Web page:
These directors shot anywhere, borrowed their friends and jumped into abandoned houses for sets, scavenged for equipment and scrounged materials. Ultimately, their picobudget concerns did not stop them from obtaining the money and equipment - by any and all means necessary. They openly confess to committing "crimes to pay for films - that is what we did." Setting fire to their property and scamming for insurance money was a particularly popular hustle. Amos Poe is first up in the roughly chronological story. His anecdotes about the gestation of first Super8 picture Blank Generation are amusing and very much of the time, describing the editing process in the Maysles' Brothers suite while they were off their tits on amphetamines. Also, breaking and entering was not beyond these grunge poets - James Nares' hilariously high-camp Rome '78 was largely achieved by madmen in bedsheets, crafty camera angles, and sneaking inside buildings which look like architect's wet dreams.
Richly observed urban fairytales like Downtown 81, starring Jean-Michel Basquiat, are equally contemporaneous and take the breath away. Blank City also charts the rise of the musical revolution, and shows how it links with the downtown NY film scene; how filmmakers and musicians kept feeding off one another for their next creation. Almost anyone who was anyone was roped into being a punk rocker, the sound aptly described as "trying to make music as though no-one had ever made it".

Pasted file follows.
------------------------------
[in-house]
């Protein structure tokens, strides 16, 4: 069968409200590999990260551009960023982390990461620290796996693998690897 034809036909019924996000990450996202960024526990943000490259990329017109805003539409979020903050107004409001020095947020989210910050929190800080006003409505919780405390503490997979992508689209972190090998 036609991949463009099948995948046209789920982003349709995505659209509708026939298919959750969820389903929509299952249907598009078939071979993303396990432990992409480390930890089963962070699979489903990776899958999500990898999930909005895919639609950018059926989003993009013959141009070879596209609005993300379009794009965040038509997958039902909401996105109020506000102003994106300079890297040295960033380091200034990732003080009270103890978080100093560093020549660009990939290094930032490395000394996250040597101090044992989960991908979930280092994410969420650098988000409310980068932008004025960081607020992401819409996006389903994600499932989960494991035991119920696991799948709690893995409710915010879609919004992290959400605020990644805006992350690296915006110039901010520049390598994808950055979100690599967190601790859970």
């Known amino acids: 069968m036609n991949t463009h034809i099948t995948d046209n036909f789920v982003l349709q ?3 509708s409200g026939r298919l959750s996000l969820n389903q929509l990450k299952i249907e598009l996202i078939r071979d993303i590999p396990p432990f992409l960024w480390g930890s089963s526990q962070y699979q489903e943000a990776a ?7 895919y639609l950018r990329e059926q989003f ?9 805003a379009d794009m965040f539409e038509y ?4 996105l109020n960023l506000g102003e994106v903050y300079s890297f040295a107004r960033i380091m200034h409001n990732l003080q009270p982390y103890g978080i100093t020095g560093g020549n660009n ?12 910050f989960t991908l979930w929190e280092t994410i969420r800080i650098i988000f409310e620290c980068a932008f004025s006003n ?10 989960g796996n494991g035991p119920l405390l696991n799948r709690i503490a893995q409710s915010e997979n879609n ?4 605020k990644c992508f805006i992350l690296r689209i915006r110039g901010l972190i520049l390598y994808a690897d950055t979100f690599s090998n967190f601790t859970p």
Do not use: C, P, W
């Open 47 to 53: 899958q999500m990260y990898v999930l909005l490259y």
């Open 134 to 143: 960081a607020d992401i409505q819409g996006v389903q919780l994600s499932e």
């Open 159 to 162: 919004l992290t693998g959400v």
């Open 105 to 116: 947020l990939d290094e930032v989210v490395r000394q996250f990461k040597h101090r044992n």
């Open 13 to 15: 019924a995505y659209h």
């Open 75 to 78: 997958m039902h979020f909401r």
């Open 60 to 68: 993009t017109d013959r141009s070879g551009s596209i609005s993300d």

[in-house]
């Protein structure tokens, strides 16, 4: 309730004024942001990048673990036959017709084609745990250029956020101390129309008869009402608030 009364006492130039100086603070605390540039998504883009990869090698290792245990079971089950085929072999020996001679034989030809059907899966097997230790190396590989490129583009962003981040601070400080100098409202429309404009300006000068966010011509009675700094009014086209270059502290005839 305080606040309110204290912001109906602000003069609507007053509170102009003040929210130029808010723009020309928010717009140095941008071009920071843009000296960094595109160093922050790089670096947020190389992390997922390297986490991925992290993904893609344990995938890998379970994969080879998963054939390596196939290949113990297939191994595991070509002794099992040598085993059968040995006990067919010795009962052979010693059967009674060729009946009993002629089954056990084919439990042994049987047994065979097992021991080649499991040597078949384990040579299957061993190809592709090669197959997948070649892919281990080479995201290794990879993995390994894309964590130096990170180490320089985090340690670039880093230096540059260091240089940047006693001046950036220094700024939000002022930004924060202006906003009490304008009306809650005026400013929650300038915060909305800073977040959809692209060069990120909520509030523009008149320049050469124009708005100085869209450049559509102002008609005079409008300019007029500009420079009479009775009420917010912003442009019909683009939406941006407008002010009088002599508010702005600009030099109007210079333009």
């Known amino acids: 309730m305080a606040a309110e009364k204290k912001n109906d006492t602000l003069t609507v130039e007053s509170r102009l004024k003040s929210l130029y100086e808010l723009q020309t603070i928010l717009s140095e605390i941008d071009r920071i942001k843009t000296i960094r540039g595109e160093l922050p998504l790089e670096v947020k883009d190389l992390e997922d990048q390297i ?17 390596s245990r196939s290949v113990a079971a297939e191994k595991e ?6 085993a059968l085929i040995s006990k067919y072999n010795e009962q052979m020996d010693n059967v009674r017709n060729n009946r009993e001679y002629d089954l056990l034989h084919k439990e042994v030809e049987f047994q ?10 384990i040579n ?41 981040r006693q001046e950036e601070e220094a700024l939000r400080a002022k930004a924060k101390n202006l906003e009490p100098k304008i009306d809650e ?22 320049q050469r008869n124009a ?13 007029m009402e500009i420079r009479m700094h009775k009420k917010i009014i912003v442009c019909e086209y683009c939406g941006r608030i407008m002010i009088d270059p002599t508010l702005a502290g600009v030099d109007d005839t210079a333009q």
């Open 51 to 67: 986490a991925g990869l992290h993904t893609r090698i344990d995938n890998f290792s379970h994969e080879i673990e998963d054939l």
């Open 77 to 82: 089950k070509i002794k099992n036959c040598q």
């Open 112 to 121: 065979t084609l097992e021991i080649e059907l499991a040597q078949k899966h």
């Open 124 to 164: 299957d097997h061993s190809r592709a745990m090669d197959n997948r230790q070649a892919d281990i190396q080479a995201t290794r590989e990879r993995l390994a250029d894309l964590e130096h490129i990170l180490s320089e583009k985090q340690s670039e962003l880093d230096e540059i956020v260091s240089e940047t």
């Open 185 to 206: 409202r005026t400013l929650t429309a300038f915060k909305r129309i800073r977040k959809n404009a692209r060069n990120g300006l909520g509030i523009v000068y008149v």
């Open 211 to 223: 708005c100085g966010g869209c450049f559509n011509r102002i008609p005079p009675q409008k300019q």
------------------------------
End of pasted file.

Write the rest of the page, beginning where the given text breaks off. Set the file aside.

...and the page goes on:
Lizzie Borden is another participant who made politically radical films - most potently a strongly left-wing picture featuring the destruction of the World Trade Center, using large minatures and and glitter. Her films included G-Man and the audacious Black Box, sharp satires on the reactions to the threat of terrorism.
Many, many more anecdotes and wild stories await you. (I tried keeping notes, but was swiftly beaten down by the sheer volume.) And yet, Danhier's film feels organic in its construction, leading effortlessly from one story to the next with very little dead-time between them. It is an outstanding achievement - and for those of us not part of the movement, a deliriously fun ride.
Ancient Greeks and modern life meets zombies in a timeywimey action horror. Sounds like a laugh, right? Wrong.
An ancient evil is released (don't ask how - the movie doesn't say), and a handful of survivors must hole up against a gargantuan zombie horde. The streets are deserted, other than the pockets of very fast-on-their-feet zombies. It's like 28 Days Later, but with better gore effects and an even weaker story.